leaving behind the dust
The gun goes off, initiating the 5K race, and you face the trail under your feet, a path of packed earth and gravel that cuts through the throng of onlookers like the aisle does the crowd at a church wedding. You approach the trail as if it were your track at home, patting the earth lightly with your feet, maintaining your tall, loose, relaxed form.
In the beginning, you run slowly, paying close attention to each breath, moving in slow, steady rhythms like drops from a bathtub faucet hitting a pool of water on Saturday night, each step ringing out the lonesome hollowness of an ice bath, a smear of tiger balm, an early bedtime, when all the others are out crawling in the night-time air, drinking pungent liquids from plastic Nalgene bottles and flicking cigarette ash out of car windows. Because running on a team is a full-time occupation, because each cigarette adds 30 seconds to your time.
Thoughts of sacrifice and unrequited youth urge your legs to pick up speed and you emerge to the front of the pack, towards an unnamed, red-faced girl. She is right in front of you until she falls behind, yes, the dark-haired overeager girl sinks until she is out of sight and you surge with adrenaline and power.
So you go on running and retelling the story to yourself in a cool voice about how you spent Friday nights preparing for Saturday races and Saturday nights recovering alone and that is why you beat that girl, why you got to watch her fade into the sea of competitors until she was a speck of a human running meters behind you. You speak to yourself in the most reassuring voice and try to regulate your breaths and movements so that you only push forward, towards the finish, towards your future.
The spray-painted line in the earth alerts you that you have passed Mile 2. The race is not yet over. Runners pick up speed as they pass through a tunnel of spectators, on-lookers who cheer and hold handmade signs. As the concentration of spectators increases, the aesthetics of the run sharpens—racers grow taller, move stronger, plaster pleasant looks on their flushed faces. The energy expended during these portions of the race is excessive; whoever smiles the brightest usually gets last. The red-faced girl who has slowed to a walk behind you starts to sprint when she sees the observers, shaky knees but a fine-tuned look of determined confidence on her face. For her, the race is already over.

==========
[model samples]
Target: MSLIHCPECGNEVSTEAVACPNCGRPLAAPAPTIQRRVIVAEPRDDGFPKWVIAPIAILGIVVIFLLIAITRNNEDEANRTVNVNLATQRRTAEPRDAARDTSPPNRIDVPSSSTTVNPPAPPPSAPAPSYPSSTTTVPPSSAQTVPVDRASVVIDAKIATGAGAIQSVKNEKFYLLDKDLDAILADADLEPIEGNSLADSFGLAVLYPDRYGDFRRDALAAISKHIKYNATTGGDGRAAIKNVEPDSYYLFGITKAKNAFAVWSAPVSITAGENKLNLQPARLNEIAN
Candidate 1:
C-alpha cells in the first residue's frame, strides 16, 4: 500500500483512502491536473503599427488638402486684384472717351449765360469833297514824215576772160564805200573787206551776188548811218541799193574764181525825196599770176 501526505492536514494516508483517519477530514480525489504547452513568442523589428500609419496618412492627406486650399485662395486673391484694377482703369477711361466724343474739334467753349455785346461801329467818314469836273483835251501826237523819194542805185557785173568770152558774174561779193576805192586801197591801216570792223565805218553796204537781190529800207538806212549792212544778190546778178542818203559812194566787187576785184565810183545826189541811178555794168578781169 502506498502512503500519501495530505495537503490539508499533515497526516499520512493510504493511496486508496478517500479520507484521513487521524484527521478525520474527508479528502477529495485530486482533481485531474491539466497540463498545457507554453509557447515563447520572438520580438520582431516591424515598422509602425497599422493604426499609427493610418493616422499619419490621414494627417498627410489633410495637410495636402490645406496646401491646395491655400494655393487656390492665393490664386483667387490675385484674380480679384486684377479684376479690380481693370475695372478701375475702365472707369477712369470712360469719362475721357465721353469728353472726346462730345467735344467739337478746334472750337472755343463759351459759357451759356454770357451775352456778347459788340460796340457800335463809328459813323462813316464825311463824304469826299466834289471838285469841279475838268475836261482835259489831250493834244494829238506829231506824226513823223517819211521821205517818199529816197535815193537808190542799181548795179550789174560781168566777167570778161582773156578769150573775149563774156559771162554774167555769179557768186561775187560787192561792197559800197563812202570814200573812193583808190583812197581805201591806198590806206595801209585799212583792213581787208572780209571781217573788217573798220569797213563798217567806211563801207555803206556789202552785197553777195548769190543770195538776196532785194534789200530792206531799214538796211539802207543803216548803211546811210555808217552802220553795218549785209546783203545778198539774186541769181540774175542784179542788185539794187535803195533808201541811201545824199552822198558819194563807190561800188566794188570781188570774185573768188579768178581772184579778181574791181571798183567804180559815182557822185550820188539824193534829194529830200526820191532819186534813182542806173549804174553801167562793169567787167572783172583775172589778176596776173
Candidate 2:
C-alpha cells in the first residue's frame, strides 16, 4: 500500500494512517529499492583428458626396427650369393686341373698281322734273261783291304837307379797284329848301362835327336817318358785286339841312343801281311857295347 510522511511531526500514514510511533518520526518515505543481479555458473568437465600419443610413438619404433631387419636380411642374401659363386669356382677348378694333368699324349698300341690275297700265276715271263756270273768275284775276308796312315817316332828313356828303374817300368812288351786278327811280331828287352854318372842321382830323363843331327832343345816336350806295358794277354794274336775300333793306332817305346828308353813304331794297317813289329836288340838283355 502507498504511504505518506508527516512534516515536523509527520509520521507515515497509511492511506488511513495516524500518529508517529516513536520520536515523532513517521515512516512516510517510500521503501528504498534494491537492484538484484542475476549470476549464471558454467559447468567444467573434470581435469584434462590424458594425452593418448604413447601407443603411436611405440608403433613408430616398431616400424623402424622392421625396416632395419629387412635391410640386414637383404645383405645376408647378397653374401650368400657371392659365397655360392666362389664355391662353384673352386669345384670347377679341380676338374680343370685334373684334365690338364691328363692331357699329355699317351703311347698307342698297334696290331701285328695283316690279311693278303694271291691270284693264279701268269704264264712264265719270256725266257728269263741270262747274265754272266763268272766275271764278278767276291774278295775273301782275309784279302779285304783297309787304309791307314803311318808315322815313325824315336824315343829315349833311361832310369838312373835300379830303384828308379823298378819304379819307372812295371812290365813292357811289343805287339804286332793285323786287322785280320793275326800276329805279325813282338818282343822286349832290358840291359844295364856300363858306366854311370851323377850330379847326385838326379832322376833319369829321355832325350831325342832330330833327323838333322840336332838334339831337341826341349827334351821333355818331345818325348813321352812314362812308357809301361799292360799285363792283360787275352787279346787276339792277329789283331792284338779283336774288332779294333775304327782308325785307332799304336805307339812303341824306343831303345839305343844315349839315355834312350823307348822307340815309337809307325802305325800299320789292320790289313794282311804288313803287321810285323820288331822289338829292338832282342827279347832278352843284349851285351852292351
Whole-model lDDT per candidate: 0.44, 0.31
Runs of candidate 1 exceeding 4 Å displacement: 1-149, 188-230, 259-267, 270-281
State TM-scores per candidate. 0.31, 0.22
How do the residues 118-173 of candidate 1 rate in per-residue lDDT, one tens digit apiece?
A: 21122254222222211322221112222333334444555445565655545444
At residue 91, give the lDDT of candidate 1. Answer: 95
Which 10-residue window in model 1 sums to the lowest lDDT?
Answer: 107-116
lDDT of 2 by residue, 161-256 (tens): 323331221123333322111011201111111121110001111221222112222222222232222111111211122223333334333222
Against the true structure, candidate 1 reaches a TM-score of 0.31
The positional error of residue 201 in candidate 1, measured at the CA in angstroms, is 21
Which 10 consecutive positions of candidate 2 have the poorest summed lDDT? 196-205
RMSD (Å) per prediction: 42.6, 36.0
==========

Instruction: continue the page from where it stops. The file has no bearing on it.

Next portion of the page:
You grimace at the crowd, form your hands into fists—first place.
It’s the final stretch, and you are flying now, soaring with pain and oblivion and desperation, and as you push forward at top speed you are also travelling backward, back to the beginning of your running career. You sat alone on the school soccer field, so skinny that your P.E. uniform ballooned out from its drawstring waist, waiting amidst a crowd of rich preteen prep school kids who wouldn’t talk to you even though you groaned along with them when the teacher announced, “Three laps of the track, no shortcuts!” The girls standing next to you at the start line giggled and jostled each other; they didn’t even know your name. Their neglect was pointed and malicious.
When the sound of the whistle vibrated through the crunchy autumn air, you took off, your feet slapping the polyurethane track and your hair tossing in the wind. As you left your classmates far behind, you found a serenity in your moving body, a peace beneath your wind-whipped skin, because you were pushing forward and that made you certain that you could make it on your own because you were already free.